I’m privileged to have been teaching newcomers for the last few weeks. It’s definitely been an interesting class, more so because of the extreme level differences in learning. Having a multilevel class can be quite challenging because you want to ensure that no one is bored and everyone is engaged.
Forming questions to match answers is a great way to challenge your students at any level. (Although I wouldn’t recommend this to first time English language learners). I’d say it works anywhere from from a high CLB 2 or low CLB 3 and up.
The usual Q & A
I’ve been working on getting my students to think about asking and answering questions, and up until last week, it’s been the usual — I ask and they answer – the same concept applied on their worksheets. They read the questions and answer accordingly.Continue reading →
I was at a friend’s house the other day discussing the usual things moms talk about, when my friend expressed her frustration about her daughter’s multilevel classroom. I asked how her daughter is handling the setup, to which she replied: “She doesn’t think much of it because she’s in the upper grade of the split class. I don’t feel like she’s being challenged enough.” I wondered then how our ESL adult learners — especially the advanced students, might feel about their multilevel classes, should they happen to be in one.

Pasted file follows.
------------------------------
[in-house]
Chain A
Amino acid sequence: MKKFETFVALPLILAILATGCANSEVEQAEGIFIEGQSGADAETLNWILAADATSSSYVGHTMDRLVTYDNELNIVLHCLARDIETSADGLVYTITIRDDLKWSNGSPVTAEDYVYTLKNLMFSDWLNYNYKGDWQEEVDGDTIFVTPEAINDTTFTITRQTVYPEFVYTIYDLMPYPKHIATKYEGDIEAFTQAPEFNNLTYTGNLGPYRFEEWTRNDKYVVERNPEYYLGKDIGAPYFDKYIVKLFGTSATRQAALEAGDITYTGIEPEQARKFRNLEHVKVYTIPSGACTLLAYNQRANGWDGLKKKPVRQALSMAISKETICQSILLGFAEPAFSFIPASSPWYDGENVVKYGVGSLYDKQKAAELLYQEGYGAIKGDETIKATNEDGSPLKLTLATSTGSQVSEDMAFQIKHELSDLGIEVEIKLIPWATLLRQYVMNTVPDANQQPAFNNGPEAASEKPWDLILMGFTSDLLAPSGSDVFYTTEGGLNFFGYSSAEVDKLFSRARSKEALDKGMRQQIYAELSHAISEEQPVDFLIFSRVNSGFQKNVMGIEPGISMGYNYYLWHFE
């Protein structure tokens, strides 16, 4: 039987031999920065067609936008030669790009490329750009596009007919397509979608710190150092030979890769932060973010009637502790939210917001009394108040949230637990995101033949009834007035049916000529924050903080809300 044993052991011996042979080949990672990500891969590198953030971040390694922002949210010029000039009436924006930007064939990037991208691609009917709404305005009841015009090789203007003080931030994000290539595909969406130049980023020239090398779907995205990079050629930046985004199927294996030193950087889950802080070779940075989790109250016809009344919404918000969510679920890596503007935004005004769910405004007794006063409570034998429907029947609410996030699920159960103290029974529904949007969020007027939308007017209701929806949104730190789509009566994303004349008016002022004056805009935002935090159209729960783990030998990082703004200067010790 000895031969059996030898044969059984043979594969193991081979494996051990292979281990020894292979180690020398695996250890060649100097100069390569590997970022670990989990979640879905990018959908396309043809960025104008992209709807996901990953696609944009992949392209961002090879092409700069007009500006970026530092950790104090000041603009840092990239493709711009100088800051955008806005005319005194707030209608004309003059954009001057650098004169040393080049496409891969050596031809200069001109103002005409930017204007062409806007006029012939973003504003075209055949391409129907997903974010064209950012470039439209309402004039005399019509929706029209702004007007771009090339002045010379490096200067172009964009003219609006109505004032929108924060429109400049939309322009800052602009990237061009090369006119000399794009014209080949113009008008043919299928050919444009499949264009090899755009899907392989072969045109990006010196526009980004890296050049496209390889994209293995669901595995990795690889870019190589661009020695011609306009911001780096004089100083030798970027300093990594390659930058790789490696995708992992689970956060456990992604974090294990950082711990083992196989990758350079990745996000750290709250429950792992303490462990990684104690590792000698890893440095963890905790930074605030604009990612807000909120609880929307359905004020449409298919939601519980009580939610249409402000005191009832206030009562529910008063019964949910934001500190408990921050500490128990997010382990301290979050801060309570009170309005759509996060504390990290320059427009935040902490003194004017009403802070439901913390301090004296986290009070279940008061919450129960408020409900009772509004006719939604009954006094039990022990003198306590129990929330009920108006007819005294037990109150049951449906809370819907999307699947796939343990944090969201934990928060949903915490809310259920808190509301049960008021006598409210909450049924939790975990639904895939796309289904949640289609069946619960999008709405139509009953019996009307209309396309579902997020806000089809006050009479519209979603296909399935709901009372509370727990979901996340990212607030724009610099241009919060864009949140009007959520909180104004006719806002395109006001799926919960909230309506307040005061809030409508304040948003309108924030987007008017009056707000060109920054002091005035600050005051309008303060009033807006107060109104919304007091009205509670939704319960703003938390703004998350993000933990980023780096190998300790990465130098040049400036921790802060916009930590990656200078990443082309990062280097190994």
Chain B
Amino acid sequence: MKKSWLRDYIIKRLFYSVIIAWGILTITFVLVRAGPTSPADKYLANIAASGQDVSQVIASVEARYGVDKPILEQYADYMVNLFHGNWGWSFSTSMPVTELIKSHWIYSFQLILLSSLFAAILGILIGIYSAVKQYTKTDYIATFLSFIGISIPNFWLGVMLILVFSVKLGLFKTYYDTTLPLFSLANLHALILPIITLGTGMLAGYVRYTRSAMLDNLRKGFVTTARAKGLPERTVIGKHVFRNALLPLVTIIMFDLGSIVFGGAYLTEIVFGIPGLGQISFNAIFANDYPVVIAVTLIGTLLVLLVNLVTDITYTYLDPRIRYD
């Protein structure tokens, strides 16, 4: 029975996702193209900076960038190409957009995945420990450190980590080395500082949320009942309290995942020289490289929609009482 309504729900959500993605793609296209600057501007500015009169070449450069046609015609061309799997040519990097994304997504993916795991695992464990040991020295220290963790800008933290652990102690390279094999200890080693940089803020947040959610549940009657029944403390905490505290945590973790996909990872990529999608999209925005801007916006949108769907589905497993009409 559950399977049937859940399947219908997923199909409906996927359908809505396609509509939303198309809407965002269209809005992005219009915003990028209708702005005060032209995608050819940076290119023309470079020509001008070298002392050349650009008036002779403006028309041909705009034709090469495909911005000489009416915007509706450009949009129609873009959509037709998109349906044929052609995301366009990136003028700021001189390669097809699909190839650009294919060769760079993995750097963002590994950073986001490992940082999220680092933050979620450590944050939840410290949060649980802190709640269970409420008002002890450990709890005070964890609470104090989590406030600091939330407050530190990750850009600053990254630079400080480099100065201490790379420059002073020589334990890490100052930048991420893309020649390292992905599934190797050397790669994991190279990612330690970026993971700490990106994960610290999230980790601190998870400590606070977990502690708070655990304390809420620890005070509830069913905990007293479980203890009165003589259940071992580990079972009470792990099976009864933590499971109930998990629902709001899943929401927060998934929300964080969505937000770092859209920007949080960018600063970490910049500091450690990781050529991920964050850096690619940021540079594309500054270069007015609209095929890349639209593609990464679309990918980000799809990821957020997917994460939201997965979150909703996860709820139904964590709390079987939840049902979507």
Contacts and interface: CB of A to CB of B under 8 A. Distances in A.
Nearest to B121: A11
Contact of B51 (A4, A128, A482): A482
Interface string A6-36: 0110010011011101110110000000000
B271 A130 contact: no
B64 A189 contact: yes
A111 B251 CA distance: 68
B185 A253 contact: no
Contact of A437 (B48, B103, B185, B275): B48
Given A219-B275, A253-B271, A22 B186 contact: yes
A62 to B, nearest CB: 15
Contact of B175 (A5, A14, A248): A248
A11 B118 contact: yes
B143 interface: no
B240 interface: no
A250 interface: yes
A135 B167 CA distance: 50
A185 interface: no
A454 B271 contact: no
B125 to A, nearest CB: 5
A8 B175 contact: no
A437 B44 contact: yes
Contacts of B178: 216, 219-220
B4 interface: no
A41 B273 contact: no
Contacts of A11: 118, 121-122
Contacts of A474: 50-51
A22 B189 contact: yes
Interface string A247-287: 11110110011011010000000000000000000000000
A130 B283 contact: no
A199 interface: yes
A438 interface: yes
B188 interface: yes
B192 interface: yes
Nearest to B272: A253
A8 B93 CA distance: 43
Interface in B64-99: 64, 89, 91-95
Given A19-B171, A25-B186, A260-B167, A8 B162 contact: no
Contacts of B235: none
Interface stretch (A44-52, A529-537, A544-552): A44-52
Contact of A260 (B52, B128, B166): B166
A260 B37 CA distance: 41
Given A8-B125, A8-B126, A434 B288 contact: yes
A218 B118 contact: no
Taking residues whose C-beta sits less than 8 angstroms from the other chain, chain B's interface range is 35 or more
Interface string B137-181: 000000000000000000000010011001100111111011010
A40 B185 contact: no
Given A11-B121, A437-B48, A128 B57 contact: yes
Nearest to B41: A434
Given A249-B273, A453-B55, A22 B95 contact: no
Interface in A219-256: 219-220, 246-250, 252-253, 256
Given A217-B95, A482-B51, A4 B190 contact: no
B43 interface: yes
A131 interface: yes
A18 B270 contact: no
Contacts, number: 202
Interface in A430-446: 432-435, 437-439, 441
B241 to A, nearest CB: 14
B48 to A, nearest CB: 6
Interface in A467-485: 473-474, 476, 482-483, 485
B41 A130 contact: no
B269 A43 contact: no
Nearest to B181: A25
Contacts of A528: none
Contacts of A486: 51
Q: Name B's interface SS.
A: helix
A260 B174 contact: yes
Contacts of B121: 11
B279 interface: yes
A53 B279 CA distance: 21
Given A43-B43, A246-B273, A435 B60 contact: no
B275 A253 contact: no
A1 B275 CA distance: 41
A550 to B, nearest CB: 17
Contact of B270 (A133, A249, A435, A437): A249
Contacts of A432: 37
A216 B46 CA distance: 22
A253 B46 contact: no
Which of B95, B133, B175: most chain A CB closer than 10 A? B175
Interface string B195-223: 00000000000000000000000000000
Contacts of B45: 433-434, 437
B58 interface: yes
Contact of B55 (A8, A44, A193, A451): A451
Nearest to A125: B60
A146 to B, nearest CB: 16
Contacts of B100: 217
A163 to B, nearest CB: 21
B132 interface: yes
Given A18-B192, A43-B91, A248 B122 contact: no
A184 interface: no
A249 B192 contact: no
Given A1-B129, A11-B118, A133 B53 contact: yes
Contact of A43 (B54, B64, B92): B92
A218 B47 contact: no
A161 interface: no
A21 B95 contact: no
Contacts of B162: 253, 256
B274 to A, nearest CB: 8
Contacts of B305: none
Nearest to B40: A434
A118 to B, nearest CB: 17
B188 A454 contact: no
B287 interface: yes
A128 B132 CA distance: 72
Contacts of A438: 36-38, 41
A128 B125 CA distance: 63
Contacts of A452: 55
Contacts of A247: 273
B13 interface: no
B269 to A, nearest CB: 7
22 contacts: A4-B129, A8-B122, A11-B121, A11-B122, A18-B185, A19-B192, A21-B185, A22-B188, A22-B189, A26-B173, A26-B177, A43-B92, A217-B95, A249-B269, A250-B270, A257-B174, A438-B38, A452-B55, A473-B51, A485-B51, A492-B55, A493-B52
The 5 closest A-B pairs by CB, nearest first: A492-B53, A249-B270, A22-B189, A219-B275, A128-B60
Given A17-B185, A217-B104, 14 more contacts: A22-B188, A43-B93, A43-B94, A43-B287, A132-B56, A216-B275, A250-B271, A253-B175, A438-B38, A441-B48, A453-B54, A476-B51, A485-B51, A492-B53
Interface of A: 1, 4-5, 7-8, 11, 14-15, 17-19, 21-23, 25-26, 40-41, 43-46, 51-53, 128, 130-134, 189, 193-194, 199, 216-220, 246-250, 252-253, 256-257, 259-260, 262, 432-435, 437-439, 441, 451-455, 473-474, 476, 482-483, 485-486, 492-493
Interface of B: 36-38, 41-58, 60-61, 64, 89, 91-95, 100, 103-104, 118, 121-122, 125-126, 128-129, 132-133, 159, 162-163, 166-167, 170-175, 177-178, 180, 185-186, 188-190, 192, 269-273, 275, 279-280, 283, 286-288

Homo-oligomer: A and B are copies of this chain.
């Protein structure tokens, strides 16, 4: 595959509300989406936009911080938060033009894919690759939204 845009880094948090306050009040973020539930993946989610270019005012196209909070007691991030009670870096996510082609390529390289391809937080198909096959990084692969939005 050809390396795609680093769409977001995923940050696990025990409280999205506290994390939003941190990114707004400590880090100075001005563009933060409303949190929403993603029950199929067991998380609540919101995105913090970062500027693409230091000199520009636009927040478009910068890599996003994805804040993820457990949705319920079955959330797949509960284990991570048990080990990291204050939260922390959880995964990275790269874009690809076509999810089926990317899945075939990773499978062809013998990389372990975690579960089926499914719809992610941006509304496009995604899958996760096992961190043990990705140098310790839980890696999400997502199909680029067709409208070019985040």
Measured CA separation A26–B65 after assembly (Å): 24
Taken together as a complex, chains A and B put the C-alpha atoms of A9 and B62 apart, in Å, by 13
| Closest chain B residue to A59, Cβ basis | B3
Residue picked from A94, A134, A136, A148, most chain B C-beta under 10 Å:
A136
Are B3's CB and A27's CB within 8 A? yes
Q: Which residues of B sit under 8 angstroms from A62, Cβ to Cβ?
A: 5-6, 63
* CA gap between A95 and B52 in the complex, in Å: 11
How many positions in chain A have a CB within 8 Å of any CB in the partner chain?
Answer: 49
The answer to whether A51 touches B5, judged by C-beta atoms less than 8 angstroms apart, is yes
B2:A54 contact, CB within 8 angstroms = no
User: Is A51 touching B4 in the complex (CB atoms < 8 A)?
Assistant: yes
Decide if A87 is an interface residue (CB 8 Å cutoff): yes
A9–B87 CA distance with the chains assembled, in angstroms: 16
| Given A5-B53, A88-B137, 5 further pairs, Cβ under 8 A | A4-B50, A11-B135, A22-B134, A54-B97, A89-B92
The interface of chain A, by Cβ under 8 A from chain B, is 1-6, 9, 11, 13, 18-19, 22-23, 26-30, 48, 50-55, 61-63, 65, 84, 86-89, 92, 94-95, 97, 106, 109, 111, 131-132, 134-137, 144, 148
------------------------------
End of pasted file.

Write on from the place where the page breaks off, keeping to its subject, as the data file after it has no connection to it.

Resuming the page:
Every class you teach as an adult ESL instructor can be considered multilevel to a certain extent. However, a true multilevel class takes place when there’s a substantial difference in learning levels in the same classroom, (e.g. levels 2-7). I’m sure some welcome the challenge; maybe even thrive on it like: “Who are you because we need to talk?!” While many others dread the thought of being in this situation, dealing with a multitude of learning levels.